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Bertie’s Top Tips For Stafford

Posted by on Sep 28, 2015

Bertie’s Top Tips For Stafford

Words: Bertie Simmonds

If you’re anything like me, there’s always a mounting excitement when the weekend of the Carole Nash Classic Motorcycle Mechanics Show is about to come around.

For the last five years it’s been the highlight on my annual biking calendar, and it’s a welcome respite from the chilly onset of winter. My first tip: turn up early – you’ll be amazed at how much there is to see if you’re just going for the day, which brings me neatly on to my second tip: camp and stay for both days! Oh and did I mention that I wouldn’t wear my Sunday best footwear if I were you? We know what the British weather can be like!

Now, I say get there early as the first thing I love to do is have a good rummage around the many hundreds of kit and autojumble stalls. As good as the internet and eBay are, I still love the thrill of finding that elusive part myself and having a good haggle with the stallholder. For me, this exploring what this part of the CMM show has to offer can take the best part of a day. If you’re easily distracted, like me, you’ll spend plenty of time working your way around the stalls, getting ever closer to the main hall.

We all know that these shows are best shared, so take a mate and you can both try it on with the many bike sellers who are clumped around the main arena. You know the ones. There’s a bike sat there with a crude ‘For Sale’ sign, and a price that’s a bit too rich. ‘Never begrudge a man a profit,’ my old man told me once, but suck your teeth, shake your head and try a cheeky bid. If he’s still there with it on Sunday, you never know…

The Carole Nash Classic Motorcycle Mechanics Show Main Hall

The Carole Nash Classic Motorcycle Mechanics Show

The main halls are always buzzing and I love spending a good few hours looking at each bike that takes my fancy. The owners are always on hand to give good advice if you’re planning on a restoration of something similar, and it’s worth signing up to any of the owners’ clubs that regularly show members’ bikes at Stafford.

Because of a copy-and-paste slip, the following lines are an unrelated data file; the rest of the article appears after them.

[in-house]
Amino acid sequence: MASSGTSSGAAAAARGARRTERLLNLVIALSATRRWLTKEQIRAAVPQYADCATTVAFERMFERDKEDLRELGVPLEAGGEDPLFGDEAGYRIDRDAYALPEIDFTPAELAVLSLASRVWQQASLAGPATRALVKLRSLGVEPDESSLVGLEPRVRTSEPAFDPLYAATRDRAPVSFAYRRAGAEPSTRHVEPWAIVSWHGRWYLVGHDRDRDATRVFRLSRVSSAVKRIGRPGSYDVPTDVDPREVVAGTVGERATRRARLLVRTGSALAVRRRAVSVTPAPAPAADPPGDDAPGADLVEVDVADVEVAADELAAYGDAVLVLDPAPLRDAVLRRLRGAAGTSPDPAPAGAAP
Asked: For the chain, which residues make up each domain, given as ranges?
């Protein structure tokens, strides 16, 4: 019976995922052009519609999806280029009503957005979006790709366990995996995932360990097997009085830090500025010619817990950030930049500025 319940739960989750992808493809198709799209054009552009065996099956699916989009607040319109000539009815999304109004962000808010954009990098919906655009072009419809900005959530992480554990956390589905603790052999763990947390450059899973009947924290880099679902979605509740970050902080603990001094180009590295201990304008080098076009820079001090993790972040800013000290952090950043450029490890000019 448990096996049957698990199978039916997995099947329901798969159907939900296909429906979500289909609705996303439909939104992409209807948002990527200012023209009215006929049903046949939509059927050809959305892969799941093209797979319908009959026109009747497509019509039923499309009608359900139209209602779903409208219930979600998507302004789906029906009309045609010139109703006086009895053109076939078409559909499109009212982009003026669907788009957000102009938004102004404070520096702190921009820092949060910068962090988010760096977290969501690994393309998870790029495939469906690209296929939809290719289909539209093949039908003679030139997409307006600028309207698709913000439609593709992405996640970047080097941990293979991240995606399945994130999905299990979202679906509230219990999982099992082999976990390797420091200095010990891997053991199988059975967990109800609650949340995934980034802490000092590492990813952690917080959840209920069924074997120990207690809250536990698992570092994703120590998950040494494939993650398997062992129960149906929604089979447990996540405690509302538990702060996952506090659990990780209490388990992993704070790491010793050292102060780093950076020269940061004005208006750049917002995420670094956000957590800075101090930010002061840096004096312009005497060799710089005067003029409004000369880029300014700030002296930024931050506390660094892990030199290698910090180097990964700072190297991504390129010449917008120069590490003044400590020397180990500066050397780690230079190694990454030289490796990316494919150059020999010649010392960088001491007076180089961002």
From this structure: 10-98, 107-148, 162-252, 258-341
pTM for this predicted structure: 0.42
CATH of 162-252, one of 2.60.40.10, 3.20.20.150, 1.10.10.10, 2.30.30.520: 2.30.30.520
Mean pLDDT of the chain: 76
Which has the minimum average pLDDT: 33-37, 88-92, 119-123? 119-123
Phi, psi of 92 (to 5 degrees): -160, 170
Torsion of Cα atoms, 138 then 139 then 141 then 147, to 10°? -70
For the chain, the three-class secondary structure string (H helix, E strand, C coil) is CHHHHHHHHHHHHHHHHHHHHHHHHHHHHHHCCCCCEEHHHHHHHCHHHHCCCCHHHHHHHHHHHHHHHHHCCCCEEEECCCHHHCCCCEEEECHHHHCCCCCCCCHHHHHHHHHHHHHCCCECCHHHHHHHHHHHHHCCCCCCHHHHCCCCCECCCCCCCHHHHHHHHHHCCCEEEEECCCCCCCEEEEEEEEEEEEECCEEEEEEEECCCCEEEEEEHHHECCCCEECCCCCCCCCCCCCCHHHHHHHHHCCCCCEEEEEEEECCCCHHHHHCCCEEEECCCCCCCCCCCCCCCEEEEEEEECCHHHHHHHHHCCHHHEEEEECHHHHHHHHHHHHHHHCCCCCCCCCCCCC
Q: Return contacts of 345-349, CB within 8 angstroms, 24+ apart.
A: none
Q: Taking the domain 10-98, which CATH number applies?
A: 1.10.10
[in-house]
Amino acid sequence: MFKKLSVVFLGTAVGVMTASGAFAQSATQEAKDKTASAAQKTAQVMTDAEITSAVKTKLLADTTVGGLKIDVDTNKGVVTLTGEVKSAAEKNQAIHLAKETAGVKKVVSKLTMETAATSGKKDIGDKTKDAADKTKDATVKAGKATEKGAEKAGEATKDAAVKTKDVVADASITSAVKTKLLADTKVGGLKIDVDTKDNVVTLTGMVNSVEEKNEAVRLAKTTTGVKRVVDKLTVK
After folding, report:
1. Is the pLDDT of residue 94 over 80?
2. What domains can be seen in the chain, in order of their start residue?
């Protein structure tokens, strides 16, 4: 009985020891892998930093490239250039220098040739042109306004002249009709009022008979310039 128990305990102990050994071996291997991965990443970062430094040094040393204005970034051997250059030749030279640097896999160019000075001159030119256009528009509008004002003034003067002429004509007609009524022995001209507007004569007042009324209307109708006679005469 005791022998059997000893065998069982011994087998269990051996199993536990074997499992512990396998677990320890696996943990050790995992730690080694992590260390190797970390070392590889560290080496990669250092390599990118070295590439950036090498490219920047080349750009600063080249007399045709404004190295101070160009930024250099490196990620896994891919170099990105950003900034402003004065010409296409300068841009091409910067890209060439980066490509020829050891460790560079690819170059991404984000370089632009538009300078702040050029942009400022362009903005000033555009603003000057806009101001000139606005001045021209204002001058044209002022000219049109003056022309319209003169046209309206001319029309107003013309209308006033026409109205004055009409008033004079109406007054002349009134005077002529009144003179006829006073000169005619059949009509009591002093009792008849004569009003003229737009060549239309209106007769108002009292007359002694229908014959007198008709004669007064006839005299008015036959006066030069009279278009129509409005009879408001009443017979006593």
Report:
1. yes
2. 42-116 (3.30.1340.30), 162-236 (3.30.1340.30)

Do pop along to the Classic Motorcycle Mechanics magazine stand. We’ve got some cracking machines lined up for the stand, including a couple of our project bikes. Hopefully (completion allowing) we will have Steve Parrish’s Yamaha FZ750 Superstocker and the Suzuki Apprentices’ Suzuki GSX-R1100L. Niall Mackenzie reckons he may have his Yamaha RD400F done in time too! We shall see. I love the stands in the main hall… my weakness is old bike magazines and brochures, so I’m always picking up new reference material for both my work on the magazine, and my own projects.

If you’re back outside then the weather will decree whether you go for a nice ice-cream or a hot cuppa and a bacon roll. Or, do what I do. Have all three. You’ve walked for miles, after all. While you’re out there you can watch the bikes being paraded in the cavalcade in the main arena, hear a few roar in the Classic Racer GP Paddock, and watch a bit of the off-road stuff at the Classic Dirt Bike Hall. Both Saturday and Sunday are selling days for the Bonhams auction this year, and you can take the weight off in the Restoration Theatre and get expert advice from TV’s Pete Thorne. I told you, one day just isn’t enough. You’ll probably still be struggling with two!

Classic Motorcycle Mechanics

Classic Motorcycle Mechanics

For me the best bit is in the evening on day one, when the show is winding down. More people than ever camp to take in the full two days and I love it. The bar is always bustling with fellow campers and the tales are tall and the Tetley’s is terrific. Another tip: I always try and park my old banger near the loos, or at least remember the shortest route to ‘em. Five pints along with curry and chips waits for no man. Oh, and like a hang-glider pilot with high-tension power cables, learn to spot a guy rope at 50 paces. The amount of times I’ve tripped and almost taken down a tent doesn’t bear thinking about.

Whatever you do at this year’s Carole Nash Classic Motorcycle Mechanics Show, do pop along and say hello. I hope you enjoy the weekend as much as I do.

Bertie Simmonds is the editor of Classic Motorcycle Mechanics. You can see him and some of the magazine’s project bikes on the main stand in the main hall, where you can also subscribe, renew a subscription, or just pick up the latest issue.